battery power for short high speed underwater spurts;
and the new generation of AIP for prolonged, slow,
stealthy cruises. As for the strategic deterrent mission,
before the development of nuclear-powered ballistic mis-
sile submarines, the Soviet Union used diesel subma-
rines as missile-launch platforms. Beginning in 1956,
variants of the Golf-class submarine were equipped with
two and then three nuclear-armed ballistic missiles
each.
76
China still uses a Golf-class submarine as a test plat-
form for underwater launches of ballistic missiles. This
submarine launched the 1,700-km-range JL-1 ballistic
missile in 1982 and is expected to be the test platform
for the successor missile JL-2, a variant of the new 8,000-
km-range DF-31 intercontinental ballistic missile.
77
It is possible that, in a future era of small arsenals and
long-range ballistic missiles, countries could shift their
submarine-launched ballistic missiles to AIP subma-
rines. In the early 1980s, the United States considered
such a basing option for the 10-warhead MX missile.
Because of its long range, the MX could reach Soviet
targets from U.S. coastal waters. According to one pro-
posal, a small (3,300-ton submerged) diesel submarine
could carry four 100-ton MX missiles in steel capsules
strapped into hollows on its upper deck. The launch of a
MX missile would have been accomplished by releas-
ing one of these capsules, which would rise to the sur-
face to float vertically with one end out of the water.
That end of the capsule would then be blown off and the
MX launched out of the canister. The submarines were
estimated to cost perhaps one-fifth as much and have
crews one-fourth as large as the 19,000-ton-displacement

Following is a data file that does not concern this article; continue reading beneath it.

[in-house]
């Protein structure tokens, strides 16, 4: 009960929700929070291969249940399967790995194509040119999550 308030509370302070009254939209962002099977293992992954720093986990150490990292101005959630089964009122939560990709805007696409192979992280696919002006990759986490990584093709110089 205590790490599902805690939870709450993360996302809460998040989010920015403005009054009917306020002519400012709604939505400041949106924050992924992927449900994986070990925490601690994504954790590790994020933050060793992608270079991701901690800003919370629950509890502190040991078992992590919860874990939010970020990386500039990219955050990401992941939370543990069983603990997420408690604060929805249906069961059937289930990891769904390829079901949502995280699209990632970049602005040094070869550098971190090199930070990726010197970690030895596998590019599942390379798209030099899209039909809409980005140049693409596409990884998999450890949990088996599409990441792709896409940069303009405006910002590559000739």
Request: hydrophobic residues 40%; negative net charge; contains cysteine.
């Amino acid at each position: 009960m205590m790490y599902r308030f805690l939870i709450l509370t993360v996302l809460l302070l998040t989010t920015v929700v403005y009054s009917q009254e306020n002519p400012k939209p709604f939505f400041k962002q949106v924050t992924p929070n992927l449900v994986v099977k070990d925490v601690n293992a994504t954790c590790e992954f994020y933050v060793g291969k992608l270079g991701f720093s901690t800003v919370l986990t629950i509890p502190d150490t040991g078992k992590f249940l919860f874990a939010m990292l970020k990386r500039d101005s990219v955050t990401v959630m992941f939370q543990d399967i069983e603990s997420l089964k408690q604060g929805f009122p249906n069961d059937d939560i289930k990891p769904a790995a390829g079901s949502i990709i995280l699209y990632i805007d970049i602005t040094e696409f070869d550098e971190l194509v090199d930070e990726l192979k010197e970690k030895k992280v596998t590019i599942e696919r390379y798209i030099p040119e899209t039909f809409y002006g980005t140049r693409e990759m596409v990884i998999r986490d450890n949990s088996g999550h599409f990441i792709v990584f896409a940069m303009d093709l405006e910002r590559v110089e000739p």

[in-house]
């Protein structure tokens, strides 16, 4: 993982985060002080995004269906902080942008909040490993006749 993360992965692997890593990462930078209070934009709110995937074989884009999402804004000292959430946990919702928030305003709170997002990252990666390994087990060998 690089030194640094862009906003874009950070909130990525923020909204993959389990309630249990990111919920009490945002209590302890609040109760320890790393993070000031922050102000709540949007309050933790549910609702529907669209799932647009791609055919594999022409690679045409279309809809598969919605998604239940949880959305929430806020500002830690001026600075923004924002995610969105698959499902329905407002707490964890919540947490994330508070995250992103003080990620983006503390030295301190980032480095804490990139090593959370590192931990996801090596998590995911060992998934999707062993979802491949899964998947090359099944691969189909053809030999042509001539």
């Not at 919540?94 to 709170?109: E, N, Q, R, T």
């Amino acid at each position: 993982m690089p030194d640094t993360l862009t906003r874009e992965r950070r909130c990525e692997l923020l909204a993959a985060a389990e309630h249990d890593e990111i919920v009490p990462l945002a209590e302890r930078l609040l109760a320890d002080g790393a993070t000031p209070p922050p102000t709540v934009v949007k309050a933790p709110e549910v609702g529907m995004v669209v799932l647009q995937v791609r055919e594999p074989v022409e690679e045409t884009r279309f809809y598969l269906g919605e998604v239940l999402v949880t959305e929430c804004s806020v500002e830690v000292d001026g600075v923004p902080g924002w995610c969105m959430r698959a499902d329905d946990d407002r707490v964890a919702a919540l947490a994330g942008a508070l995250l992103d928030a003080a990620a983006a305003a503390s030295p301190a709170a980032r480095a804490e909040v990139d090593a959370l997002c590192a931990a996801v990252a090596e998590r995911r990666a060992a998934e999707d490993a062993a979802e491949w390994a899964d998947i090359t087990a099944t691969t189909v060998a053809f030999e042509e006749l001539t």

Trident submarines, which carry 24 submarine-launched
ballistic missiles each.
78
If this solution were viable for the MX, it would cer-
tainly be viable for the smaller U.S. and Russian sub-
marine-launched ballistic missiles, which also have long
enough ranges to reach the other country from their home
coastal waters. The missiles on British and French sub-
marines also have enough range to reach Russia from
European coastal waters. With the deployment of the
JL-2 missile, China could reach the United States from
near-coastal waters.
79
CONCLUSIONS
The FMCT could close the door to new HEU produc-
tion for any military purpose. This would make it pos-
sible to begin closing the naval reactor loophole in the
NPT. Since HEU use in civilian land-based reactors is
being phased out,
80
it is likely that the production of HEU
would end worldwide. Thus, the IAEA could verify
FMCT compliance at declared enrichment plants sim-
ply by confirming that they were not producing HEU.
During the transition to LEU fuelor to non-nuclear
submarines and shipsU.S., Russian and British naval
reactors designed to use HEU could be fueled from ex-
cess nuclear weapons. In the longer term, future naval
reactors could be fueled with LEU without significantly
increasing the size of nuclear submarines, reducing their
power, or giving up the goal of lifetime cores. If, on the
other hand, the FMCT is adopted as currently conceived
and permits the production of HEU for naval reactor fuel,